Phillip Smith

When in doubt, try something new.

I caught this tweet from a long-time colleague flying across my screen this morning:

It reminded me that, a ways back, I wrote stuff about my personal life that wasn’t just travel updates or work-related musings. I had this idea many years ago that I’d write more about personal beliefs when it comes to striking a balance between doing what you love, and loving what you do. I thought I would call it the “Tao of consulting,” because I believed that to be great at consulting, you needed to be even better at living.

Some time later, taking enormous inspiration from a range of characters that I’d met over the years, I decided to try out a new persona: The Slacker. The concept is quite simple really and not that novel: work smart, not hard. There’s a fair bit of writing out there that supports the idea that people who make time to reflect and who engage a variety of interests are more effective at creative problem solving – it’s well worth a Google search or two.

After more than fifteen years of actively exploring and thinking about the various ways of being an effective professional activist, consultant, collaborator, convener, and agitator, I’m always rejuvenated to return to the point where there’s something new to learn. And, thankfully, it’s still easy to find that place.

But… learning is hard for me. I’m a Taurus and I was born in the Year of the Ox. To say I’m stubborn or set in my ways would be a understatement of the most significant kind. I don’t like to try new things. I like routine. I like repeatable patterns. I like a steady pace and a known, well-trodden, path. I am pulled toward the things that I already know well.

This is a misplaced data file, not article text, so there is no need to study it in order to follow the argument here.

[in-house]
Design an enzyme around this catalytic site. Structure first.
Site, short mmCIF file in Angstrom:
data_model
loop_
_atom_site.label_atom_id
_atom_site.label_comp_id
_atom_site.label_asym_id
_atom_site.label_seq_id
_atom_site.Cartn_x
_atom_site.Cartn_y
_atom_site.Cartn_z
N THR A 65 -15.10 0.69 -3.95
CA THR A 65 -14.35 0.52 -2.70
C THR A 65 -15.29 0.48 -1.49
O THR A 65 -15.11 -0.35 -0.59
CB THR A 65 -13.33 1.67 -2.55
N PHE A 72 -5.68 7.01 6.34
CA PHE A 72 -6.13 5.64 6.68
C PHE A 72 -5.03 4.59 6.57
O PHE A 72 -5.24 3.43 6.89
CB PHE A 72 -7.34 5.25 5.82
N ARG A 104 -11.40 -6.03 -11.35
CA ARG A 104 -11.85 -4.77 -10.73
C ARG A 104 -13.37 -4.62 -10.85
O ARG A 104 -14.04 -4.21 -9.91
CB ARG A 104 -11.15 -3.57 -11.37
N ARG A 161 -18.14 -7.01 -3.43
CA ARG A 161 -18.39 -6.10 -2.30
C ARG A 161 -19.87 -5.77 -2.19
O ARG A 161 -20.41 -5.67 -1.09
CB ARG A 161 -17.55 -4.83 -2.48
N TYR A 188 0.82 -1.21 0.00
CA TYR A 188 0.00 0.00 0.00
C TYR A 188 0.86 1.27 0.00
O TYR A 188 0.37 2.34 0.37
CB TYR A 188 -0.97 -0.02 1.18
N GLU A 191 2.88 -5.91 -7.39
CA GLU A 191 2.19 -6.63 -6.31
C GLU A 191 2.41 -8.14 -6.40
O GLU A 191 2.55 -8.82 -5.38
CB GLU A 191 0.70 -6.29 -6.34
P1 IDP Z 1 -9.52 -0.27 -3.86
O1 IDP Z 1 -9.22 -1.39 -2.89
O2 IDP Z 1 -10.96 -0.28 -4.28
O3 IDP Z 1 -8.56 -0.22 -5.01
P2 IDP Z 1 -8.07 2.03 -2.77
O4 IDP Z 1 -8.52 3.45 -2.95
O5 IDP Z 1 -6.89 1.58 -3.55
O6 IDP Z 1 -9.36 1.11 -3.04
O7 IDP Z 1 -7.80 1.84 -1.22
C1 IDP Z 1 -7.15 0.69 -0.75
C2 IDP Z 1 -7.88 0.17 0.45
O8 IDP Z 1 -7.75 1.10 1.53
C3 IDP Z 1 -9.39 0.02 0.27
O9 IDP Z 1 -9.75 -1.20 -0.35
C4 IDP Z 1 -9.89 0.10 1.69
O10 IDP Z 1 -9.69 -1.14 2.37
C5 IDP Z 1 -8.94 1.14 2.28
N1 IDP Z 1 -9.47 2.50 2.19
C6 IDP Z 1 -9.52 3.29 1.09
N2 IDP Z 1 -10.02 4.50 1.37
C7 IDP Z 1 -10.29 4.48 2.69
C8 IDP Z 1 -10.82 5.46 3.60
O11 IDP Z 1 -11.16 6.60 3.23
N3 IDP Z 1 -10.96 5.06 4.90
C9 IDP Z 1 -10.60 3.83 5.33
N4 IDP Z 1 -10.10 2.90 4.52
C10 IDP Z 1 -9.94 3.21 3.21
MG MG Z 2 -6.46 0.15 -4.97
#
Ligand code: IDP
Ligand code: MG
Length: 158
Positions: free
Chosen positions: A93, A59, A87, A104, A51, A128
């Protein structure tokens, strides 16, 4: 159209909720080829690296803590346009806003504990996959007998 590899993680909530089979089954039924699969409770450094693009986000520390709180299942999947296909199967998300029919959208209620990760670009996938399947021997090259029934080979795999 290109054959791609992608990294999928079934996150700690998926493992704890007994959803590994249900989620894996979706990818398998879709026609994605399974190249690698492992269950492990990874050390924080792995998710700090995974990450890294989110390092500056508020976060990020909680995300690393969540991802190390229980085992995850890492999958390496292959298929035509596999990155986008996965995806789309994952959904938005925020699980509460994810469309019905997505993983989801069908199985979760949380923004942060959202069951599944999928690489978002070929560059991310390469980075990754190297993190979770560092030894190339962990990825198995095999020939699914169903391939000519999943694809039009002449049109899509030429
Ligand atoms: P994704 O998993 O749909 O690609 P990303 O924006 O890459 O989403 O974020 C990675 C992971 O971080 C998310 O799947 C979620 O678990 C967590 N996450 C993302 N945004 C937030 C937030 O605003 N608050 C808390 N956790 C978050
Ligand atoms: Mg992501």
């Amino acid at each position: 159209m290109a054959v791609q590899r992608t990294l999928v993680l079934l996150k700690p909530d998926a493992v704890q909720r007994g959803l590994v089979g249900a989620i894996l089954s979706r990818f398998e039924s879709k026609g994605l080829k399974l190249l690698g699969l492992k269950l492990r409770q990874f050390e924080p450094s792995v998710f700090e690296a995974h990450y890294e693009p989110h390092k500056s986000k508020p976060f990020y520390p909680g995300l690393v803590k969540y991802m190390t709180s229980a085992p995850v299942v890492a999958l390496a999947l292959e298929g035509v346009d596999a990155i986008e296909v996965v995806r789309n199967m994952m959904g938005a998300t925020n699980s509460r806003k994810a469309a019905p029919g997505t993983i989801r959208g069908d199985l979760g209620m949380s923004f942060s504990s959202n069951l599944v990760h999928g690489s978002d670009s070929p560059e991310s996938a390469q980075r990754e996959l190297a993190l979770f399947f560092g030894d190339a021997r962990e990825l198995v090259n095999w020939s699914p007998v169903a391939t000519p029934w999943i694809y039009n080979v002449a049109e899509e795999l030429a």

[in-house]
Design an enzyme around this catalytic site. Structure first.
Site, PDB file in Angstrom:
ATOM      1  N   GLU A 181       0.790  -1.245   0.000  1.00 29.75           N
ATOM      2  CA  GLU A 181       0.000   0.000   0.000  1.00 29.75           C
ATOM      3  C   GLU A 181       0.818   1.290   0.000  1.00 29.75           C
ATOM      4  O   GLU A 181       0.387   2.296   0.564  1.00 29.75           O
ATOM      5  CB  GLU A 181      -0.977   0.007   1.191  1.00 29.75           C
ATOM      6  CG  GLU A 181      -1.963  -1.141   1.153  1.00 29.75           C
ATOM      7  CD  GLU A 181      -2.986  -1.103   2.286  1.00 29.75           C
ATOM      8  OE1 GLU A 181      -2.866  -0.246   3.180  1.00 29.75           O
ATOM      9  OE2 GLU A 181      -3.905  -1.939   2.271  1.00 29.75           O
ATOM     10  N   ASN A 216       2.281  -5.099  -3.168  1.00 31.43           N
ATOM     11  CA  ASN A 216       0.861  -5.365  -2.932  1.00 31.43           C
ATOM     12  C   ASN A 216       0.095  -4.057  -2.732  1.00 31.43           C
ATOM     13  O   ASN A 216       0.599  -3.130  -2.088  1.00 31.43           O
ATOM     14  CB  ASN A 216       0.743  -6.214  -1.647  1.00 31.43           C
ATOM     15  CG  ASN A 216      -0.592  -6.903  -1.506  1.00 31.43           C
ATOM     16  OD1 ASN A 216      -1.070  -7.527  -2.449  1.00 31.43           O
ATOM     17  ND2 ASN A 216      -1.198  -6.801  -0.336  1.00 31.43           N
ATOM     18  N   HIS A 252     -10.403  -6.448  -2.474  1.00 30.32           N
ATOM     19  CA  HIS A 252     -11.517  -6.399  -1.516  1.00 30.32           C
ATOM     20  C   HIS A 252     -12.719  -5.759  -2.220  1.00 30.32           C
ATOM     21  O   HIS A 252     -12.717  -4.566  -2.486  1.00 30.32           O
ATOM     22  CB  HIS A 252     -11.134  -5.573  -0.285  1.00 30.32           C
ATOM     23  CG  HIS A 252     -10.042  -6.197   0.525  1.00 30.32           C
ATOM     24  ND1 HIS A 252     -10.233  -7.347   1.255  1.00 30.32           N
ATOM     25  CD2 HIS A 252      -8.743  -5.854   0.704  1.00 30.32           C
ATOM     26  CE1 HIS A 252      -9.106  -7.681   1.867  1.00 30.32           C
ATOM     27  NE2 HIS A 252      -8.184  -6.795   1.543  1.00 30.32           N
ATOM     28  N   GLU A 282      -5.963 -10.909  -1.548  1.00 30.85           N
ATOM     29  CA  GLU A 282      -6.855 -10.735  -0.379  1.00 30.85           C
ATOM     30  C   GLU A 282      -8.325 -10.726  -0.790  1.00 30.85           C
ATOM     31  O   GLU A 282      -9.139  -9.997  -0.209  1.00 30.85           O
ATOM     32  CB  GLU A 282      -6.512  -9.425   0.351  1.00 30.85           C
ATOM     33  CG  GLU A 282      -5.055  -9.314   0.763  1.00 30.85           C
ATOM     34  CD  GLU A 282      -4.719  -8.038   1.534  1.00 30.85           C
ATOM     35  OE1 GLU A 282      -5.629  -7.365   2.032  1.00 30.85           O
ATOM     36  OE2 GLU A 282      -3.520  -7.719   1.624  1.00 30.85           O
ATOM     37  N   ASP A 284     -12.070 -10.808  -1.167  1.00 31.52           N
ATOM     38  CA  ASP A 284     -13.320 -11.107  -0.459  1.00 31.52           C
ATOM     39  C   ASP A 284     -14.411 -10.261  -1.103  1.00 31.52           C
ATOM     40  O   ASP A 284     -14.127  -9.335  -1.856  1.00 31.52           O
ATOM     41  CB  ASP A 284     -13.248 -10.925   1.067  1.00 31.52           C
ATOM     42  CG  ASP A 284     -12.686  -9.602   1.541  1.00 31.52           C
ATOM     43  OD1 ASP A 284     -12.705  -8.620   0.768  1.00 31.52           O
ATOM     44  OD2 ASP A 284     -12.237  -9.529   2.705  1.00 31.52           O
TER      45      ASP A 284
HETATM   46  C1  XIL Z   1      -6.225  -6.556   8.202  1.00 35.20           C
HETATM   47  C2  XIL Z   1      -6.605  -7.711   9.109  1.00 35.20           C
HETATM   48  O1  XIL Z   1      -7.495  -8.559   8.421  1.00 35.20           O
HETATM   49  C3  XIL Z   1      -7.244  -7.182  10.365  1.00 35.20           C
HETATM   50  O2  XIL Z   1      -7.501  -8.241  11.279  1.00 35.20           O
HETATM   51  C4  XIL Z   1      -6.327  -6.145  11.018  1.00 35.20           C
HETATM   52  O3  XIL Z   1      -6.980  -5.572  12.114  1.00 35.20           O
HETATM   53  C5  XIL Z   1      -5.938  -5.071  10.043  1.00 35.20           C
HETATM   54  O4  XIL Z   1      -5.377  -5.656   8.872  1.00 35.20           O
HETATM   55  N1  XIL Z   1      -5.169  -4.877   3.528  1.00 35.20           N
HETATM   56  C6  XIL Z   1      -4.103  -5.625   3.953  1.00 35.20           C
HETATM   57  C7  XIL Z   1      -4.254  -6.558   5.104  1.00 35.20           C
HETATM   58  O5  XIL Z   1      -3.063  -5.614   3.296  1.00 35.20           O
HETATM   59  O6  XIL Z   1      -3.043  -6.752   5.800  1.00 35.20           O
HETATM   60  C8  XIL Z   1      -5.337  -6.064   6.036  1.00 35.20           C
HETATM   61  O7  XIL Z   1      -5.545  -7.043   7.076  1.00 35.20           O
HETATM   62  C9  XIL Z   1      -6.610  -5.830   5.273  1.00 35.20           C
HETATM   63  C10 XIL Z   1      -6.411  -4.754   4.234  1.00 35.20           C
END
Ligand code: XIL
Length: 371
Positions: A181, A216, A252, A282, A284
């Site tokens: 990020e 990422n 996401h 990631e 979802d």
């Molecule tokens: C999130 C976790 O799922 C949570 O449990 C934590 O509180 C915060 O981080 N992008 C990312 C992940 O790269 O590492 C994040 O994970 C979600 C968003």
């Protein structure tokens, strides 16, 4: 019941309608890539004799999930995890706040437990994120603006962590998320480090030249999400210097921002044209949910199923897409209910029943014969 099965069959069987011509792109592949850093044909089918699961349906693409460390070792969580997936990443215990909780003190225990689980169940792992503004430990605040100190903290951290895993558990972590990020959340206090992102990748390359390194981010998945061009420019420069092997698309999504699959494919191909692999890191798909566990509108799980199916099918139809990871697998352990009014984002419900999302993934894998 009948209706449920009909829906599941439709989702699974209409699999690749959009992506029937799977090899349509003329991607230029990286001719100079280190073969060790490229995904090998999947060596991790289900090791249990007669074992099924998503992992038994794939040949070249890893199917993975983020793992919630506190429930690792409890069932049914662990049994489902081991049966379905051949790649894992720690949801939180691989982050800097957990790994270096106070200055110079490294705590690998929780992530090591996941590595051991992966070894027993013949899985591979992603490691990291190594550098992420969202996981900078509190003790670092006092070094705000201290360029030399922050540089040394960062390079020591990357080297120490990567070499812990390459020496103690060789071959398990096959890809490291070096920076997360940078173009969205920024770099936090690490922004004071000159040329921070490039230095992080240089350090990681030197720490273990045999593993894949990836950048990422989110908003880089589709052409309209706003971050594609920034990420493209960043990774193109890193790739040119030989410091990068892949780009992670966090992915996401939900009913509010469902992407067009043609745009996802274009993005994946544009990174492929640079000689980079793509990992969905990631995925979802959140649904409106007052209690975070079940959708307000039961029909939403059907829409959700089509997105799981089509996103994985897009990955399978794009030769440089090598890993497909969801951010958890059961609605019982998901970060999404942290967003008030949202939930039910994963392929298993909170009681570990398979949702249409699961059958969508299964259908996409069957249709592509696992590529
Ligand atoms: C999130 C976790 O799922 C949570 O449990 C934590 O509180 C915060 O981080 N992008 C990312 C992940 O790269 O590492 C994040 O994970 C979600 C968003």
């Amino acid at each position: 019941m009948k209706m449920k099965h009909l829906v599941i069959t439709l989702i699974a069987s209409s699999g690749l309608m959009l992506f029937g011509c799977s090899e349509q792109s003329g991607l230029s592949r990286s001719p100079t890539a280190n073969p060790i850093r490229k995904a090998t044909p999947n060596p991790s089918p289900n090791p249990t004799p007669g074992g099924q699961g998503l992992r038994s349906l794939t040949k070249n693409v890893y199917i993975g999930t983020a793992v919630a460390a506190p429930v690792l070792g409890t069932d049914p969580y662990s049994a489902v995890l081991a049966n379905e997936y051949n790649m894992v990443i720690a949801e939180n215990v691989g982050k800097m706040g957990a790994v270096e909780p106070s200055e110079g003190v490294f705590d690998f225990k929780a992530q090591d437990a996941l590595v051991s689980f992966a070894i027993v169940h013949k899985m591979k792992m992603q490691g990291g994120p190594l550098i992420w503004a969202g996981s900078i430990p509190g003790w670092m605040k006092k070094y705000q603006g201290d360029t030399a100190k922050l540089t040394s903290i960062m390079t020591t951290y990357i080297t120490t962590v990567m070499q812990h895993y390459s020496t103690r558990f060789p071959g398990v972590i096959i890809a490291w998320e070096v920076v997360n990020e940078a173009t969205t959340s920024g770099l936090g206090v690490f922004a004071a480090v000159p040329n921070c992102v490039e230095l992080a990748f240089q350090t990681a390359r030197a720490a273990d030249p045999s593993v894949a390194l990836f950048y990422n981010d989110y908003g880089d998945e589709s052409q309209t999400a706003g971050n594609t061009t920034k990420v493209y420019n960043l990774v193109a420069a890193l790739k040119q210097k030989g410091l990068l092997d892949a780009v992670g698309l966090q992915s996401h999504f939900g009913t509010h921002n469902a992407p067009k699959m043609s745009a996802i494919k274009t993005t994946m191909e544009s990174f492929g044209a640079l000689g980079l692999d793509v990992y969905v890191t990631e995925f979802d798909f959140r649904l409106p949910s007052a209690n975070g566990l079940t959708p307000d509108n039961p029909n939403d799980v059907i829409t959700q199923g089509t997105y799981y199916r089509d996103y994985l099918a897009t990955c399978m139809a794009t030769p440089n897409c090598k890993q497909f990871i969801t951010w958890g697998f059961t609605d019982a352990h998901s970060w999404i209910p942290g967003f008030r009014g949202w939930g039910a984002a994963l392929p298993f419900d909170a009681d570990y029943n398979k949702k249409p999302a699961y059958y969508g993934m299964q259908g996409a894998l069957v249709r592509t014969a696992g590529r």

However, just because you like something doesn’t mean that it’s good for you. (I’m stealing inspiration here from Clay Johnson’s excellent book The Information Diet)

So I’ve started thinking about some easy ways to ensure that I stay on my learning edge. We’re currently living in a world of learning opportunities, so – in general – this isn’t exactly difficult, but even in the pursuit of learning, my experience is that it’s possible to fall into the pattern of taking the easy, or known, path vs. trying something new. And, for me at least, it’s the stretch goals that result in the most significant outcomes.

In addition to not working weekends, I’m going to propose another “mission” for you to experiment with (as I am, currently): When in doubt, try something new.

It’s really that simple.

Let me know how it works for you. :)


Hi, I'm Phillip Smith, a veteran digital publishing consultant, online advocacy specialist, and strategic convener. If you enjoyed reading this, find me on Twitter and I'll keep you updated.


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